Manhattan is under new management. They’re not from around here.”
Welcome to the Big Apple, son. Welcome to the city that never sleeps: invaded by monstrous fusions of meat and machinery, defended by a private army that makes Blackwater look like the Red Cross, ravaged by a disfiguring plague that gifts its victims with religious rapture while it eats them alive. You’ve been thrown into this meat grinder without warning, without preparation, without a clue.??Your whole squad was mowed down the moment they stepped onto the battlefield. And the chorus of voices whispering in your head keeps saying that all of this is on you: that you and you alone might be able to turn the whole thing around if you only knew what the hell was going on.
You’d like to help. Really you would. But it’s not just the aliens that are gunning for you. Your own kind hunts you as a traitor, and your job might be a bit easier if you didn’t have the sneaking suspicion they could be right…”
I picked this book up not having played the current or previous Crysis games and was a little worried that I wouldn’t ‘get it’. Thankfully for us newbies, Hugo Award-winning author Peter Watts has managed to capture the essence of the game rather well.
Crysis 2 has a story based around ‘Alcatraz’ a United States Force Recon Marine, who after having his ship and squad destroyed by an alien race finds himself bonded with some very powerful and technologically advanced armor – the Nanosuit 2.0. This sets the scene for a fight between you and an alien race known as the Ceph, a species hell-bent on wiping out humanity and terraforming the planet for their own nefarious needs.
Set in 2033 in New York City, you discover much more than just an alien invasion. As you wander the destroyed streets of New York City you soon discover that it has turned into a warzone. People wander the streets infected by the Alien Contagen and more bodies that you care to count lie scattered in the streets. As the story continues it’s not just the Ceph you need to avoid, unfortunately a corporate army want the powerful Nanosuit 2.0 back.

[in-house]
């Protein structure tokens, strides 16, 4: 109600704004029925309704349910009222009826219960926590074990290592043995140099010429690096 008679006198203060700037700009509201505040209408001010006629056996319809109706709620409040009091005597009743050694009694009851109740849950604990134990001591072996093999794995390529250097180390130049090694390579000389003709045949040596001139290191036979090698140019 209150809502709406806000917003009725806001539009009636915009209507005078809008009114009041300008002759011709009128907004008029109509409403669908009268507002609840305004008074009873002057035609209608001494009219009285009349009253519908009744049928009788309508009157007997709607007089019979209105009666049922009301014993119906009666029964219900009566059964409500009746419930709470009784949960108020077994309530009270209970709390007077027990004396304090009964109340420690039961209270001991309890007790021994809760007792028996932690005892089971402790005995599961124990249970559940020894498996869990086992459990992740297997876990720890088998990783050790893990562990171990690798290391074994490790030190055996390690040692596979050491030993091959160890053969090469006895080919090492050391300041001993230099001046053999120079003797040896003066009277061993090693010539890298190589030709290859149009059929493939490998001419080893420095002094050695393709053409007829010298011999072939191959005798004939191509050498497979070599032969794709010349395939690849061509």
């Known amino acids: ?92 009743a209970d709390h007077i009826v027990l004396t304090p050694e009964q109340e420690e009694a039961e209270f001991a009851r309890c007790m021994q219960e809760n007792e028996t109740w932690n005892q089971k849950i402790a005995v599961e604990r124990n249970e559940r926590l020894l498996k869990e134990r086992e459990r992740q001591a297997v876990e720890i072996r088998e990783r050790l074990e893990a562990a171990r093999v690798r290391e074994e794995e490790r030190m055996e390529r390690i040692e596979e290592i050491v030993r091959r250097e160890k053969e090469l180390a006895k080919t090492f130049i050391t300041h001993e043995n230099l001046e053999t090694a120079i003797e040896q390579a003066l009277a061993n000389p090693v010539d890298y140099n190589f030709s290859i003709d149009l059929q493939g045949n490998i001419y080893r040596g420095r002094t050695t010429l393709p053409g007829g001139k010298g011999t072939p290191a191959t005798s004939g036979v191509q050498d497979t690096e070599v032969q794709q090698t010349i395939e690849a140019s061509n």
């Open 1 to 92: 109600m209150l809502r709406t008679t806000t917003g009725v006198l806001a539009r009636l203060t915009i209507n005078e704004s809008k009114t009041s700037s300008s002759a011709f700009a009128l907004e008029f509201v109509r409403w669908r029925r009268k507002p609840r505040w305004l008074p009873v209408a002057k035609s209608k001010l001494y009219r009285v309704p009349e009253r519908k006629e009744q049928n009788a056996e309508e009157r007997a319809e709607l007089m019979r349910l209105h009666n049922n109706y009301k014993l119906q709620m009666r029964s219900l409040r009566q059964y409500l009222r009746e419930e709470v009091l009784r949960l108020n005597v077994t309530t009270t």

The novel is written in the first person. Alcatraz talks his way through the adventure strapped to one of the most powerful weapons known to man. Alcatraz converses with the suit and its various gadgets frequently, making the suit itself feel like a character. Although interesting, this causes a problem in that you never really get the chance to feel attached to any of the other characters. Alcatraz might as well have been sitting in a bed re-telling his war stories.
The book is very similar to a game in the way it tells its story. Alcatraz is given missions, which once completed usually leads on to another mission, pretty much just like in any first person shooter you’ve played.
Peter Watts has managed to effectively describe a war-torn New York and a terrifying alien race. Despite the book not provoking empathy with other characters, the voice, personality and back-story of Alcatraz himself are padded out very well indeed. The fear of being stranded in a warzone and the confusion and sense of discovery from being forced into the Nanosuit 2.0 comes through loud and clear.
If you have played Crysis 2, reading this book will give you the same feeling you would get if were to read a novel based on your favourite film. It plays out like a step-by-step reenactment of the game. If you haven’t played Crysis 2 all is not lost, Peter Watts has managed to tell a story that’s easy to follow. Thanks to some handy subtle hints at Alcatraz’s back-story throughout the book readers are quickly brought up to speed, making this book a decent stand-alone title.
Anyone expecting a different angle on Crysis’ story will be disappointed, this is a straight retelling of the game. If you’re not expecting to find out any more about the Crysis universe but are craving more Crysis, this will keep you happy.